CHARLESTON, S.C. — Reigning U.S. Open champion Samantha Stosur put the latest matchup in the Williams sisters’ sibling rivalry on hold by rallying past Venus Williams at the Family Circle Cup.
The second-seeded Stosur won five of the last six games of the match for a 6-3, 4-6, 6-3 victory in the quarterfinals on a chilly, windy Friday at the season’s first clay-court event. Stosur now has a chance at knocking out both Williams sisters on consecutive days when she meets Serena in Saturday’s semifinals.
While Stosur had never beaten Venus Williams before, she’s had success against Serena. Stosur beat her to win the U.S. Open title last September and won their only match on clay at the 2010 French Open quarters.
“For sure, clay’s not my favorite surface,” said Stosur, the 2010 Family Circle champion. “It’s always tough playing Serena no matter where.”
Serena Williams advanced when opponent Sabine Lisicki twisted her left ankle early in the opening set and had to withdraw after five games.
The buzz for a Williams’ sisters showdown had grown all week as the two Americans moved through the draw. Both came into Friday without losing a set and appeared ready to settle some family business at the Family Circle Tennis Center.
This was Venus Williams’ first clay-court tournament since 2010 and her second event since a bout with the autoimmune disease Sjogren’s Syndrome kept her out of the game since last summer’s U.S. Open. Williams won four times last week at the Sony Ericsson Open and had carried that success forward into the Family Circle quarterfinals.
She could not get past Stosur, though, and won’t play again until next month in Madrid.
“I have come so far, so far from the U.S. Open,” Venus Williams said.
Stosur shook off some tired legs from an earlier match — the Australian was forced to come back Friday morning and finish her rain-delayed match from the night before — and some wayward serves midway through to move past Williams.
Stosur is seeking her second Family Circle Cup title in three years.
Stosur came out fast for a 5-2 lead in the opening set. Williams mishit Stosur’s 113 mph serve on set point.
That’s when Stosur’s own service game began to fall apart. She struggled to get the ball in play and Williams took full advantage of Stosur’s slower second serves. Stosur had the chance to go up 3-1 in the set, but sent a forehand wide. Venus Williams eventually won to tie the set at 2-all and closed things out by winning four of the next six games.
Williams carried the momentum — along with the support of the crowd — into the final set and held serve to lead 2-1. Stosur, though, regained her accuracy and Williams began to tire. Stosur only lost two points over the final two games. Willilams slowly walked to the net after her service return went wide on match point.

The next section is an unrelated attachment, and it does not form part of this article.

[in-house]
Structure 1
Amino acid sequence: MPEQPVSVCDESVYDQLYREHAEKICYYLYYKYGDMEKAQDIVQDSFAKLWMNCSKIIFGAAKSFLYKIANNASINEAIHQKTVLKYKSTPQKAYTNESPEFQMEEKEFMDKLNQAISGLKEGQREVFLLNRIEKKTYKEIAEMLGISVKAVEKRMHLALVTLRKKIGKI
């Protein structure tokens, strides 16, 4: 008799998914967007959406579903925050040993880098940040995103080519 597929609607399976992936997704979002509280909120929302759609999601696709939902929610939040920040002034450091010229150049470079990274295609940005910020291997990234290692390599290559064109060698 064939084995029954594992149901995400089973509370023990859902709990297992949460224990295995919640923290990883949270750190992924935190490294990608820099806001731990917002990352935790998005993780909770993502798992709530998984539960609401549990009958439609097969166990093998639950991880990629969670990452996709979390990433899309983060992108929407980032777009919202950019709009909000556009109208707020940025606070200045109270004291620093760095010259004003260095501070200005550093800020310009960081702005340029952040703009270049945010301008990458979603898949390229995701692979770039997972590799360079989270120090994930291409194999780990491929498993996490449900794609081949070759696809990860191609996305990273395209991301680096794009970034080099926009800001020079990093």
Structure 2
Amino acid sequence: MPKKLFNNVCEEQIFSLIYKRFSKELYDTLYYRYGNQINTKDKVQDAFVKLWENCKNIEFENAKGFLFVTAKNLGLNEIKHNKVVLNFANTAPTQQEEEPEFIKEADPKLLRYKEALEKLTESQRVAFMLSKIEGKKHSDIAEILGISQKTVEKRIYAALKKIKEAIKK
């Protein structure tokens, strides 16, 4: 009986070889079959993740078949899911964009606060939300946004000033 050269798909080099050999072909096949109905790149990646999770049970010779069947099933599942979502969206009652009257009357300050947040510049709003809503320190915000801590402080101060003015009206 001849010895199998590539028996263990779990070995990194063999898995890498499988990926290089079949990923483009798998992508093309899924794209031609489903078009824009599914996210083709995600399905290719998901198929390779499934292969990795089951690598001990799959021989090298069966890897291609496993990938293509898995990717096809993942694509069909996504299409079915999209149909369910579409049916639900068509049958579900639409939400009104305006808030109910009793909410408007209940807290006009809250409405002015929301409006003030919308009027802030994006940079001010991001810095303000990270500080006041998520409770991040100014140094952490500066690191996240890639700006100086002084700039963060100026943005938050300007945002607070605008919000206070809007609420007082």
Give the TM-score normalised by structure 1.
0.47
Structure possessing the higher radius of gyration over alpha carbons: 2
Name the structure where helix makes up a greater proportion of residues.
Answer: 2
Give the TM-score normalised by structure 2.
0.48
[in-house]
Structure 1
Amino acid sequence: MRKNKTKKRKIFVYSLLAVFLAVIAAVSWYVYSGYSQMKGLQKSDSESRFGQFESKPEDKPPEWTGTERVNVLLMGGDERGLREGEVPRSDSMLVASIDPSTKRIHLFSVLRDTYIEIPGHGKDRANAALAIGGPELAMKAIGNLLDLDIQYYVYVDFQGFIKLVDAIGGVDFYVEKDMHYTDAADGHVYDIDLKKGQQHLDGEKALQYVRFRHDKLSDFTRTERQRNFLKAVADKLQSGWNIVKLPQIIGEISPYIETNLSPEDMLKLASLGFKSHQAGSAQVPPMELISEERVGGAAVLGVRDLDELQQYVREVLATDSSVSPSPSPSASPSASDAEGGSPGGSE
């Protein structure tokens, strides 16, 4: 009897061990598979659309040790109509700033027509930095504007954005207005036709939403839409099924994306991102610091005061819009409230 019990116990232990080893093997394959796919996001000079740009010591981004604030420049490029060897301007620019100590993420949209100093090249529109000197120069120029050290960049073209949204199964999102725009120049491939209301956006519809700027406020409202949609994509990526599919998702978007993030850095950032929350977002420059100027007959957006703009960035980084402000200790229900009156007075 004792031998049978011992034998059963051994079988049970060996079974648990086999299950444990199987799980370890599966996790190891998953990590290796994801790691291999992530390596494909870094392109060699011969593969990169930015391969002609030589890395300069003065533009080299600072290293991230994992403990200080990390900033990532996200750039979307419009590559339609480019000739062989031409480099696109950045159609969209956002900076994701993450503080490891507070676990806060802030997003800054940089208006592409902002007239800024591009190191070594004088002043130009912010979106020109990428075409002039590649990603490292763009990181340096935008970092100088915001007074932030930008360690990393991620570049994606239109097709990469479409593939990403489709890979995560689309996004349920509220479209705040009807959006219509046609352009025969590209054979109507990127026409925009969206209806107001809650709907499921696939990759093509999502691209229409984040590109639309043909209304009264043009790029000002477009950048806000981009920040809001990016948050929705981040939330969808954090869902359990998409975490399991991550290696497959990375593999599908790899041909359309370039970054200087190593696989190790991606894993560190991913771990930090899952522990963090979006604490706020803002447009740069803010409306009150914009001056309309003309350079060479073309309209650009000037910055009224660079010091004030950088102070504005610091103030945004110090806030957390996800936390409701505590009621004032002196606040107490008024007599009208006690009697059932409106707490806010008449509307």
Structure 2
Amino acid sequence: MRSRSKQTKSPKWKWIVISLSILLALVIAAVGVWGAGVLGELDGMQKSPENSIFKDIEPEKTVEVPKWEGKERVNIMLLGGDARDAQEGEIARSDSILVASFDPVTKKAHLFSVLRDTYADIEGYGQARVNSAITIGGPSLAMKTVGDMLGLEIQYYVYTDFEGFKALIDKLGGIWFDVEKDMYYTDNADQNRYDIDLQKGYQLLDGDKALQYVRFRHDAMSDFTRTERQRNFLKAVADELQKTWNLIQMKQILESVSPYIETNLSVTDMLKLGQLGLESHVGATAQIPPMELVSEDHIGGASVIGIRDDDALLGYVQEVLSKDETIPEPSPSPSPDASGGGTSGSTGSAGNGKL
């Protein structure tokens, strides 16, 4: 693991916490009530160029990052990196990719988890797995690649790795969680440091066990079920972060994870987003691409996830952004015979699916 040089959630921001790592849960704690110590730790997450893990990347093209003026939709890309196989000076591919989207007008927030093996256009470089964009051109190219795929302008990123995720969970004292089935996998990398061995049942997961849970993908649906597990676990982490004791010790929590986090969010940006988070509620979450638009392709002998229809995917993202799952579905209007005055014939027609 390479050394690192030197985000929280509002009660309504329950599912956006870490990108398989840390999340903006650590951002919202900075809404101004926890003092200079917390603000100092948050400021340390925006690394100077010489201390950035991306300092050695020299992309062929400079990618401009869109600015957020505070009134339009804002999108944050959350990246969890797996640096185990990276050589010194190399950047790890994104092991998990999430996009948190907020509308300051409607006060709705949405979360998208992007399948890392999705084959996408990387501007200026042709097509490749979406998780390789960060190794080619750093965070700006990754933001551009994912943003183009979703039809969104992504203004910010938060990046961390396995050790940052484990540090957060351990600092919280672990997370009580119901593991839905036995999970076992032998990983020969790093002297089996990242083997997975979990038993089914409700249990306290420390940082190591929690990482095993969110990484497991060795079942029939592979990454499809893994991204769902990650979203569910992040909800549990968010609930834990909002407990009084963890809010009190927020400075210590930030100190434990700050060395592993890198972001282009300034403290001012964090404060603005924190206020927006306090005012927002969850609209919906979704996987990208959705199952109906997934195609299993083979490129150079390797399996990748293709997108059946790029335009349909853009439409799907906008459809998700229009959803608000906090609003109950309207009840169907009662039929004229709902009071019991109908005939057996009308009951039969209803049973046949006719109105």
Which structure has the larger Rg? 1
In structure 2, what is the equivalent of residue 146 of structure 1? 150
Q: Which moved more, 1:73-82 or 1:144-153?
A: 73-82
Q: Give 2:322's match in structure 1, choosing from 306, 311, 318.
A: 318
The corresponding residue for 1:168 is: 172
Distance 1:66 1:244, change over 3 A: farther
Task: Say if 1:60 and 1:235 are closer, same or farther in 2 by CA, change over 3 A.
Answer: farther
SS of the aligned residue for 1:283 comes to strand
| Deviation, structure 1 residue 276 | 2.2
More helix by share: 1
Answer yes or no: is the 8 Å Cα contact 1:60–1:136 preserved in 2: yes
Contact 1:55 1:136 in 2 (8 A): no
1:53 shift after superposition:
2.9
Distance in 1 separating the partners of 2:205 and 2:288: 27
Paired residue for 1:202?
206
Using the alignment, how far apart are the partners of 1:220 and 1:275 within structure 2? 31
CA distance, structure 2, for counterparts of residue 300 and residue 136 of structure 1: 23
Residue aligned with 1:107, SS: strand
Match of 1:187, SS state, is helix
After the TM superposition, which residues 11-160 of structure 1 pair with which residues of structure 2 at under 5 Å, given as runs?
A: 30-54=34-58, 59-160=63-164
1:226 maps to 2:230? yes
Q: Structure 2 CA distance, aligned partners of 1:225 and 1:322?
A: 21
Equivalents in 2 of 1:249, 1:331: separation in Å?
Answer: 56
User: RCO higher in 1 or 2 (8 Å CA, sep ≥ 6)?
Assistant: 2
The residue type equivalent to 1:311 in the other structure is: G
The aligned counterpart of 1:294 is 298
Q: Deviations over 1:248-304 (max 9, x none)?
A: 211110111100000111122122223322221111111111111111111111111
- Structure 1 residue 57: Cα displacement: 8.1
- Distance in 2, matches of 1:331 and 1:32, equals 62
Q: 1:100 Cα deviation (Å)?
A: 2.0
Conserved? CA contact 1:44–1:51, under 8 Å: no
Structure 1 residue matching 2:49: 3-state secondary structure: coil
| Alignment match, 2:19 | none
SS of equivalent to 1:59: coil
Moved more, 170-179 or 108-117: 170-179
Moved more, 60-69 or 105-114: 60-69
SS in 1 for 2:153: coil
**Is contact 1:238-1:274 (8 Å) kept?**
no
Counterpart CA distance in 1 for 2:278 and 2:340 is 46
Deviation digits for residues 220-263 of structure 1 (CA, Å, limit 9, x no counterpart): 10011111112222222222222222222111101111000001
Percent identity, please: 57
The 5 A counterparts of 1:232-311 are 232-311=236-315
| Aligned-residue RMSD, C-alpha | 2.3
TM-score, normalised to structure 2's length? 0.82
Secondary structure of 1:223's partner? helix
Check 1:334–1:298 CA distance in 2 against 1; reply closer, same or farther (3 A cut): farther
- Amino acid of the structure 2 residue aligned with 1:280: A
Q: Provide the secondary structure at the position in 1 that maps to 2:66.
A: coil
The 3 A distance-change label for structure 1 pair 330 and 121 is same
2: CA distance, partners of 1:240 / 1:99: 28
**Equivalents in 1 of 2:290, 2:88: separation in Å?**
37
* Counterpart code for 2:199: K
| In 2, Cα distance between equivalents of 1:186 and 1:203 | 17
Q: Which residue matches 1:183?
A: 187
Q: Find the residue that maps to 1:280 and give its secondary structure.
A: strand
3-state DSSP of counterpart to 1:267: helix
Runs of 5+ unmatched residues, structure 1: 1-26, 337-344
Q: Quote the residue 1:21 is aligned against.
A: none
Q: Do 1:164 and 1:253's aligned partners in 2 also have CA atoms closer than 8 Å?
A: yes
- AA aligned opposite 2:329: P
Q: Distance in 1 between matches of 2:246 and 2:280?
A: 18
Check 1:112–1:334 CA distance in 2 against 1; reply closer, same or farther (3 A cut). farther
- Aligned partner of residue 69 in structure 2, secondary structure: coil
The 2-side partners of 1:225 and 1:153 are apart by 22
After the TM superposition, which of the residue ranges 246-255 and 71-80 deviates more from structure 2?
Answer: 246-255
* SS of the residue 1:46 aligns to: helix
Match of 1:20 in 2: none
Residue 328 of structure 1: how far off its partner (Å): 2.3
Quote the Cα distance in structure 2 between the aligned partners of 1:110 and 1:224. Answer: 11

“I did my best,” Venus said. “I know I can play even better. My errors didn’t help my cause. At this point, I’m just learning and learning and learning more.”
Williams is schedule to play in Madrid, Rome and the French Open as she strives to make the U.S. Olympic team for the London Games this summer. She said her plan was to head home, practice and get stronger for the competition ahead.
She has risen about 60 spots in the rankings from 134th before Key Biscayne to now. “I’ve never been so happy to be 70th” in the world, Williams said.
Early on, it looked as if Serena Williams might have a fight on her hands as Lisicki stood toe-to-toe with the 13-time grand slam winner. However, as Lisicki moved to her left after a shot, she apparently hurt her left ankle and fell to the court. She immediately got up and called for the trainer, who re-taped her ankle so the 22-year-old German could continue.
It was obvious Lisicki couldn’t move as she had. She played three more games before retiring in tears. Serena Williams came over to console Lisicki, hugging her near the net and applauding along with the crowd as she left stadium court.
Lisicki was having an MRI. “We’ll see what the doctors say and we’ll go from there,” she said.
Williams has had her share of injuries that forced her to miss major tournaments. She told the young German that she had time to heal and would be back.
“I said, ‘It’s OK. It’s not the French Open. You’ve got time to get better.’”
Still to play in the quarterfinals were No. 4 seed Vera Zvonareva against ninth-seeded Lucie Safarova, and No. 13 seed Nadia Petrova against 14th-seeded Polona Hercog in later quarterfinals. Petrova is the 2006 Family Circle champion.